The Joy of Life is the 12 of 20 novels in Emile Zola's grand Rougon Macquart Cycle. The pivotal character is Pauline Quenu, daughter of Lisa Macquart. It is set in coastal Normandy. Pauline's mother has just died so at age ten she goes to live with her aunt and uncle. Pauline is well off financially through inheritance. There is no joy of life in The Joy of Life, one miserable thing after another happens. Pauline is still living at her uncle's house thirty years later when the novel ends. Zola appears to see virginal girls as somehow pure and uncorrupted. It appears Pauline is still a virgin at forty, still pure and kind when everyone else is anything but. There is a lot of death in the story and the central male character, Pauline's cousin, and love interest is obsessed with a morbid fear of death.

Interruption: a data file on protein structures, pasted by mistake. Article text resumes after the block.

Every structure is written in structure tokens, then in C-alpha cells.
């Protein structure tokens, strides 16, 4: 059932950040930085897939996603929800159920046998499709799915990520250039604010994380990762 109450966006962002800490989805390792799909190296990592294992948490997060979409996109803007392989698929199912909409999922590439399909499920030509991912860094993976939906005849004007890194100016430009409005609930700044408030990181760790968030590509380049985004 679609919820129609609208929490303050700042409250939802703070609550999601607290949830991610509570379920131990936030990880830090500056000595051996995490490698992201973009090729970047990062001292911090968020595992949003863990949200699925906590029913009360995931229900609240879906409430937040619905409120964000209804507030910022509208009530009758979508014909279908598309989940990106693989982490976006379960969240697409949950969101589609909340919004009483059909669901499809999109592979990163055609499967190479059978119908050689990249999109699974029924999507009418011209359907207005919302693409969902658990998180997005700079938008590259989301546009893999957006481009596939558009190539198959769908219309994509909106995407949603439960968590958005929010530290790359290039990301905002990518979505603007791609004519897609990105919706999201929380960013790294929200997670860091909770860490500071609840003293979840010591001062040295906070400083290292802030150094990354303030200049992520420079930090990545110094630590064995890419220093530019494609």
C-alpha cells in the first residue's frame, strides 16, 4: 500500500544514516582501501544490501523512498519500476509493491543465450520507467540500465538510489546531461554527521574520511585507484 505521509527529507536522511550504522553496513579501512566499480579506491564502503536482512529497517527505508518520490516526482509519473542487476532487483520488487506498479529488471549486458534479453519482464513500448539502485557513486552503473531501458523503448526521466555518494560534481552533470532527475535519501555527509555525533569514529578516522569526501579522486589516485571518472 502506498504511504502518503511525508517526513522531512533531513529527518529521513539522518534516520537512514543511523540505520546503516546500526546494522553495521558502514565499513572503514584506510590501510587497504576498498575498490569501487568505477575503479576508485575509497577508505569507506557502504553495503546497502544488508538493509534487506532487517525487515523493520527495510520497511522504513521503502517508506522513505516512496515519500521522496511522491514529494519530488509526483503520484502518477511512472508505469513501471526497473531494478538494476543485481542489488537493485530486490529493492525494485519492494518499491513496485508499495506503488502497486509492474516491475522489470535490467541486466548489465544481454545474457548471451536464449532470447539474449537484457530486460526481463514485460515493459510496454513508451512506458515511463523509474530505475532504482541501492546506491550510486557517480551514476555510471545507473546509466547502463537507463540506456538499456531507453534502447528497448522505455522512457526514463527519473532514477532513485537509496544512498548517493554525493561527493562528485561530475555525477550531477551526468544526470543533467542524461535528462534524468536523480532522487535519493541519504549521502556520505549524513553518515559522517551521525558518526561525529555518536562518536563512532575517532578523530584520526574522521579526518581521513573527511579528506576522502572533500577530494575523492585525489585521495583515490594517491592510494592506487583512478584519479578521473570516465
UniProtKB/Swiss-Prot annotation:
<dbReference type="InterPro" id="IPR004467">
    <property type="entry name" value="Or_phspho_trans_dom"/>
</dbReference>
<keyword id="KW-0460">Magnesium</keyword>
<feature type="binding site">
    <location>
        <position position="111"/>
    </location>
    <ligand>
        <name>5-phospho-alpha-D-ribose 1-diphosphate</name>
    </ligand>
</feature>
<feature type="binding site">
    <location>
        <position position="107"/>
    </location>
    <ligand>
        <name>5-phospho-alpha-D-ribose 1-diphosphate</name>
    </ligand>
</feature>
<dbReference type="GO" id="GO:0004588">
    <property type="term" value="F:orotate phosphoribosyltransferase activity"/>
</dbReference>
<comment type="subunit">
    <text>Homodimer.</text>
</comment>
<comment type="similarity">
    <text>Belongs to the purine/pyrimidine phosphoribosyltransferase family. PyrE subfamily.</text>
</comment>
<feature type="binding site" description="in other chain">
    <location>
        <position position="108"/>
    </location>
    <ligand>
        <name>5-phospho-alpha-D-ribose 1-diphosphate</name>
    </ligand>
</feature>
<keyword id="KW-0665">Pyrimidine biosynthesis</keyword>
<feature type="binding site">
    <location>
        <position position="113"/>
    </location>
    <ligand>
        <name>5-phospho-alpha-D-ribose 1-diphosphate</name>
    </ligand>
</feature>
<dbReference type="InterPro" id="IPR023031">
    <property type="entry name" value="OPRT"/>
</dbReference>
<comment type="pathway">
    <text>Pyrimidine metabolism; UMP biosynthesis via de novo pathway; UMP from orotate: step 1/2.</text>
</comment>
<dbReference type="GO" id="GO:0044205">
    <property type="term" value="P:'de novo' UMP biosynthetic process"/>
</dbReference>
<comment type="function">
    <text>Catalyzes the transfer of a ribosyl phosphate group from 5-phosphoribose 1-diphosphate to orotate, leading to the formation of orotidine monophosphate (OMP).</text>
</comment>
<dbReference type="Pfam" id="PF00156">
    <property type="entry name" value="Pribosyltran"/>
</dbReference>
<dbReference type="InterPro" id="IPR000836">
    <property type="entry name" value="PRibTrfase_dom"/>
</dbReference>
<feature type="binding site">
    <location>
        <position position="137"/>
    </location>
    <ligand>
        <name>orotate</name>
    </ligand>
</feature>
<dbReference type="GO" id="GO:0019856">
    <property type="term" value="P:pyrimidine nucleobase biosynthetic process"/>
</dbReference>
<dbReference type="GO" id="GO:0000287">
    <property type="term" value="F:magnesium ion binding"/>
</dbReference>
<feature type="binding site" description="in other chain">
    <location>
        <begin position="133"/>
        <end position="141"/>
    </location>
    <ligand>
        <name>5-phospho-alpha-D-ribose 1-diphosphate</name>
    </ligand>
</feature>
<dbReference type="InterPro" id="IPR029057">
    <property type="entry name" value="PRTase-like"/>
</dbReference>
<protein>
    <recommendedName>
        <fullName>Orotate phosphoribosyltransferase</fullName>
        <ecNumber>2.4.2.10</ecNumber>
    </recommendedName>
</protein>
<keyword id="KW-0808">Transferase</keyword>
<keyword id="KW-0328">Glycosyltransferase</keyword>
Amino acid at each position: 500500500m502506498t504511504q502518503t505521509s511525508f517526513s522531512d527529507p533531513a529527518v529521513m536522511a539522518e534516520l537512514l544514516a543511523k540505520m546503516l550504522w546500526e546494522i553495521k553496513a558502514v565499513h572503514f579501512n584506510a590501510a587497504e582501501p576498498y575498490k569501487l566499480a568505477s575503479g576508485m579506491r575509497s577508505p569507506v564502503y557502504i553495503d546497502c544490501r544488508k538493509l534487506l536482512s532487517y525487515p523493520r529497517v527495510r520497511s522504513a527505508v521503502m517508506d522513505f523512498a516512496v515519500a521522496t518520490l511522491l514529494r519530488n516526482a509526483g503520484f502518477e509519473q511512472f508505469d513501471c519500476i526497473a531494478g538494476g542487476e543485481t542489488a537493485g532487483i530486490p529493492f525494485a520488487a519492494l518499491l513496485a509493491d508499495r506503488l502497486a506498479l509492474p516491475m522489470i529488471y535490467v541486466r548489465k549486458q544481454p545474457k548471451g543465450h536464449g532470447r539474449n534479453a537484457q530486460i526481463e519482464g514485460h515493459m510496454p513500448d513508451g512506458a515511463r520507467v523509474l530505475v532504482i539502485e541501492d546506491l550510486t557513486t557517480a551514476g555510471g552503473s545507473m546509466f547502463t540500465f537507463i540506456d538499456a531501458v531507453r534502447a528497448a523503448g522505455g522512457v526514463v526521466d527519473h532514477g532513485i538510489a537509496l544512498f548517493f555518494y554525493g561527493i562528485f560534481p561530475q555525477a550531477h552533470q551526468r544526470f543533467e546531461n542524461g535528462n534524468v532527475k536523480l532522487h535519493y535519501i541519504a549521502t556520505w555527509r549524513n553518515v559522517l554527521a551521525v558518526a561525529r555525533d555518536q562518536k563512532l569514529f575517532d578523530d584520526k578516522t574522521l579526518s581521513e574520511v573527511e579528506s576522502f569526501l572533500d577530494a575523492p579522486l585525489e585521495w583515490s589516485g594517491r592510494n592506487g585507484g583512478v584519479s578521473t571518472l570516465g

This is an interesting novel and might be readable as a standalone work. The characters are well but not flawlessly developed. For sure Zola lets us see the struggles to survive in rural Normandy. We are made to feel the power of the sea.
I am really enjoying reading the cycle.
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